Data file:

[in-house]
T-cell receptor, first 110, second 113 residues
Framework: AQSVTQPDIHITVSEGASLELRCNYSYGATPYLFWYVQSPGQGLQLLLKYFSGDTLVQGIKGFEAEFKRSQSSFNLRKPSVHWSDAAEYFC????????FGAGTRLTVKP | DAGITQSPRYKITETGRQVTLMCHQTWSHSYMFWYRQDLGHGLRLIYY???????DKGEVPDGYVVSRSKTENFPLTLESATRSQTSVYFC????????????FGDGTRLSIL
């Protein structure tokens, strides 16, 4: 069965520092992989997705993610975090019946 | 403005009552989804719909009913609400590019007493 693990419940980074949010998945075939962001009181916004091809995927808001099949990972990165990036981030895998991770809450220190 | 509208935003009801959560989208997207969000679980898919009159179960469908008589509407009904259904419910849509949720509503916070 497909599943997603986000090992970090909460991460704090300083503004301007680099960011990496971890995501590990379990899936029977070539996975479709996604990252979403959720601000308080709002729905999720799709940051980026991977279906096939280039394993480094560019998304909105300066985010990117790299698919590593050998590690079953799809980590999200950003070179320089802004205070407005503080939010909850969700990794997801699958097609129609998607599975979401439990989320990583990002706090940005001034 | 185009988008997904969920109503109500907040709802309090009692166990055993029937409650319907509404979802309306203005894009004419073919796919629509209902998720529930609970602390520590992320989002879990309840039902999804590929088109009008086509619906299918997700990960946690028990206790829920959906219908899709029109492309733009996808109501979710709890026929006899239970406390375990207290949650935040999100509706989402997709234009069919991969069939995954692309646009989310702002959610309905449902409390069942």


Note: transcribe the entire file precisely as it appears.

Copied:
[in-house]
T-cell receptor, first 110, second 113 residues
Framework: AQSVTQPDIHITVSEGASLELRCNYSYGATPYLFWYVQSPGQGLQLLLKYFSGDTLVQGIKGFEAEFKRSQSSFNLRKPSVHWSDAAEYFC????????FGAGTRLTVKP | DAGITQSPRYKITETGRQVTLMCHQTWSHSYMFWYRQDLGHGLRLIYY???????DKGEVPDGYVVSRSKTENFPLTLESATRSQTSVYFC????????????FGDGTRLSIL
């Protein structure tokens, strides 16, 4: 069965520092992989997705993610975090019946 | 403005009552989804719909009913609400590019007493 693990419940980074949010998945075939962001009181916004091809995927808001099949990972990165990036981030895998991770809450220190 | 509208935003009801959560989208997207969000679980898919009159179960469908008589509407009904259904419910849509949720509503916070 497909599943997603986000090992970090909460991460704090300083503004301007680099960011990496971890995501590990379990899936029977070539996975479709996604990252979403959720601000308080709002729905999720799709940051980026991977279906096939280039394993480094560019998304909105300066985010990117790299698919590593050998590690079953799809980590999200950003070179320089802004205070407005503080939010909850969700990794997801699958097609129609998607599975979401439990989320990583990002706090940005001034 | 185009988008997904969920109503109500907040709802309090009692166990055993029937409650319907509404979802309306203005894009004419073919796919629509209902998720529930609970602390520590992320989002879990309840039902999804590929088109009008086509619906299918997700990960946690028990206790829920959906219908899709029109492309733009996808109501979710709890026929006899239970406390375990207290949650935040999100509706989402997709234009069919991969069939995954692309646009989310702002959610309905449902409390069942």